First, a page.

• Dry stone features Dry stone features

    The most outstanding construction technique relating to the Tramuntana Cultural Landscape is dry-stone walling. It is characterized by the use of left-over stone from fields – meaning stone that does not come from quarries – worked using no mortar or cement of any kind, and used to build different types of walls and many other constructional items, such as paths, huts, bridges and buildings. It is very widely used in the Mediterranean basin, from the east of the Iberian peninsula (Castell&o [...]

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Archaeological heritage


As many as 750 archaeological sites have been found among the 20 municipalities comprising the Serra de Tramuntana mountain range, according to inventory records compiled by the Balearic Islands Government from 1990 to 1995. This figure may have risen following the discoveries made in recent years. Nevertheless, the limited accessibility and the scope of the area in question make it difficult to carry out an exhaustive cataloging, which would require complete, well-planned research.

Analysis of the specialized bibliography shows an abundance of archaeological research on particular sites or areas, such as the projects for Valldemossa - Deià - Sóller, and Pollença and Calvià. In municipalities such as Estellencs, Selva and Mancor de la Vall, few sites have been found with archaeological remains. When citing the points of greater interest, in chronological order, one should start with the Simó cave in Sóller, which, if the initial dating were confirmed, would pertain to an initial phase of settlement in Mallorca, with remains having been found there from the island's oldest settlement, which dates back to the late third millennium B.C. Thus it would seem that the Serra de Tramuntana mountain range was one of the island's original settlement sites. This same period would also pertain to Abric de Son Matge, a site located in Valldemossa.

The population of the following period, known as the Copper Age, is found in small hamlets with huts such as that discovered in Son Olesa (Valldemossa), and in natural caves and rock shelters such as Morts de Son Gallard, located in Deià. From the Early Bronze Age, also known as Pretalayotic or Naviform (1700-1300 B.C.), we see new housing structures called naviform, navetiform or navetes, named for the inverted navicular or boat-shaped layout of the rooms. These appear isolated in Calvià and Fartàritx (Pollença), though are also seen grouped together in bona fide villages. This is the case of those in Bòquer (Pollença), Femenia, Cals Reis (Escorca) and Son Olesa (Valldemossa). Moreover, discoveries from this period have identified ritual practices associated with sepulchral caves that could be natural, such as that of Morts de Lluc (Escorca), or carved out of the rock, such as the ensemble of caves at Sant Vicenç (Pollença).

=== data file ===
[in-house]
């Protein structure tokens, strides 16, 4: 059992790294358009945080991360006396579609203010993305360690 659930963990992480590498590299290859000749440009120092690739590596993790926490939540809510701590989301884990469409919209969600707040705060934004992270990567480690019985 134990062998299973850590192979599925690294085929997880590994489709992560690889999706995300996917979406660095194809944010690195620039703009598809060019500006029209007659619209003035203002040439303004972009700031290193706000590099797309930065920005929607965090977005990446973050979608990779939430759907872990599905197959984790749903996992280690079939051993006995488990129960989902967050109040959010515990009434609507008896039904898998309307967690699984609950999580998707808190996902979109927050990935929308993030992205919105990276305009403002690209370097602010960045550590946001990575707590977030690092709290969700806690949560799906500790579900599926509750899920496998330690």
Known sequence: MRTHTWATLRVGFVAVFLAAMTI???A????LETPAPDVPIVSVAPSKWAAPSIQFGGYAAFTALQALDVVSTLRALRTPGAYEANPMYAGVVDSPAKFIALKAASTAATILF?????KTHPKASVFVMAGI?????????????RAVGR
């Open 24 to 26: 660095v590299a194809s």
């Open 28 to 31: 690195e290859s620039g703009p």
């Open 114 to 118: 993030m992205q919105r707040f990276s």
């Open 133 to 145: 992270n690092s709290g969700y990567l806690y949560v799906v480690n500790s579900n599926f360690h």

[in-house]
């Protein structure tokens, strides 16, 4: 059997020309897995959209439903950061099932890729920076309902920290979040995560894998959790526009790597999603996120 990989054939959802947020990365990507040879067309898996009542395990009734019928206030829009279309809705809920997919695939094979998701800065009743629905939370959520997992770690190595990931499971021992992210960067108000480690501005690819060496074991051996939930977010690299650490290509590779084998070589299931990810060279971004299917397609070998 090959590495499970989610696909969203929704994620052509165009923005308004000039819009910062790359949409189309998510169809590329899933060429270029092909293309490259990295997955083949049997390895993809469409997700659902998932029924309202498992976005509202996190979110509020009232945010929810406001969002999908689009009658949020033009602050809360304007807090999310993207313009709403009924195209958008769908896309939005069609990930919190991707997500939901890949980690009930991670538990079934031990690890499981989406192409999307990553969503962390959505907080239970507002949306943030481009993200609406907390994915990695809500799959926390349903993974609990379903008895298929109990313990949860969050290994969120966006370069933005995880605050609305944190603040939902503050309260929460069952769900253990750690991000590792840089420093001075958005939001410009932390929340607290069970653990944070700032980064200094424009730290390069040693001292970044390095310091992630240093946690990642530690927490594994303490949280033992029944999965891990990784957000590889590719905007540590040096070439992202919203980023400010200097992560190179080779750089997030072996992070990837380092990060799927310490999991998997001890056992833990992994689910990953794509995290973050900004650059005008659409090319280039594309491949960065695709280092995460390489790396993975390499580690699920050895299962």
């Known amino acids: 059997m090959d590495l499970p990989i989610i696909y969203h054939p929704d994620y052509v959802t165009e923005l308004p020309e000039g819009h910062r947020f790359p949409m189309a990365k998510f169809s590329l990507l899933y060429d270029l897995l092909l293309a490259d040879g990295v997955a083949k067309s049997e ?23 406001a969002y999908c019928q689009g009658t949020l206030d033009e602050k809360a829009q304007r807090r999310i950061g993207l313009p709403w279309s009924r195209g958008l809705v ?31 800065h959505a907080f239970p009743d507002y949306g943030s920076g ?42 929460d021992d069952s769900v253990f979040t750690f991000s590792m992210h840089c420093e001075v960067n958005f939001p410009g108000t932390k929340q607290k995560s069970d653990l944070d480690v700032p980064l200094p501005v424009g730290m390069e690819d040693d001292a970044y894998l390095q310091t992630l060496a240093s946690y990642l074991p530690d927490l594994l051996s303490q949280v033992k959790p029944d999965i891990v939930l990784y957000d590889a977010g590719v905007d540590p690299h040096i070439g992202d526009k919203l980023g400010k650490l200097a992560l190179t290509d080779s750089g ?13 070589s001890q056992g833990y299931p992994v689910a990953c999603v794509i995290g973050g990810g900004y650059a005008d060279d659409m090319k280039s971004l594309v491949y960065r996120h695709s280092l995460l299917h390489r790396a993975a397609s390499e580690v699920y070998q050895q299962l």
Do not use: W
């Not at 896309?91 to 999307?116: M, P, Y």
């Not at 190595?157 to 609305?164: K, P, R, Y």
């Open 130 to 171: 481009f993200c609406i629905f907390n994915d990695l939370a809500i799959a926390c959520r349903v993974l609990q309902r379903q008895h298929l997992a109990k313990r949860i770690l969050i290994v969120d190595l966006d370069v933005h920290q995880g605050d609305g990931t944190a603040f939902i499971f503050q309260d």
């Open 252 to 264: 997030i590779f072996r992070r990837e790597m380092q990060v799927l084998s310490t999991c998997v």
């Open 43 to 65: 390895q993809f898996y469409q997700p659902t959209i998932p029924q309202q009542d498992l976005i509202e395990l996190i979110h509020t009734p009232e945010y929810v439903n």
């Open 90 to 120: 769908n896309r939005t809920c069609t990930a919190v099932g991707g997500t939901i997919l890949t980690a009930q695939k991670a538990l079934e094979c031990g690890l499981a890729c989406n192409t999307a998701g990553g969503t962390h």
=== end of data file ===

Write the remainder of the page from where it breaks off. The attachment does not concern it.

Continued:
In the third stage, we have the sites from the Talayotic culture (1000-123 B.C.), so called for the appearance of a new architectural structure known as talayot, a megalithic monument with a round or quadrangular base, either isolated or in hamlets, though not always fortified. These are so numerous that only a few need mention, such as: the hamlets of Son Ferrandell, Son Brondo, Can Fortuny, Son Quijada and Son Rul·lan, or the talayots of Sa Coma, Sa Rota d'es Pou, Es Verger and Pastoritx. Also notable are the sanctuary of Almallutx, the hamlet and sanctuary of Son Mas, the defensive walls of Puig de ses Caves d'en Galileu and Castellot de s'Alqueria, and the tiered burial mounds of Son Pacs and Puig de sa Moneda. Finally, also worth mentioning are the archaeological artifacts from the Roman Period, remains that are in fact more dispersed and rather infrequent. Such is the case of the Roman village of Santa Ponça (Calvià), and numerous archaeological sites with surface ceramics, as is the case with Es Gall de Foc (Puigpunyent) or the gravestone of Es Fornassos (Caimari, Selva).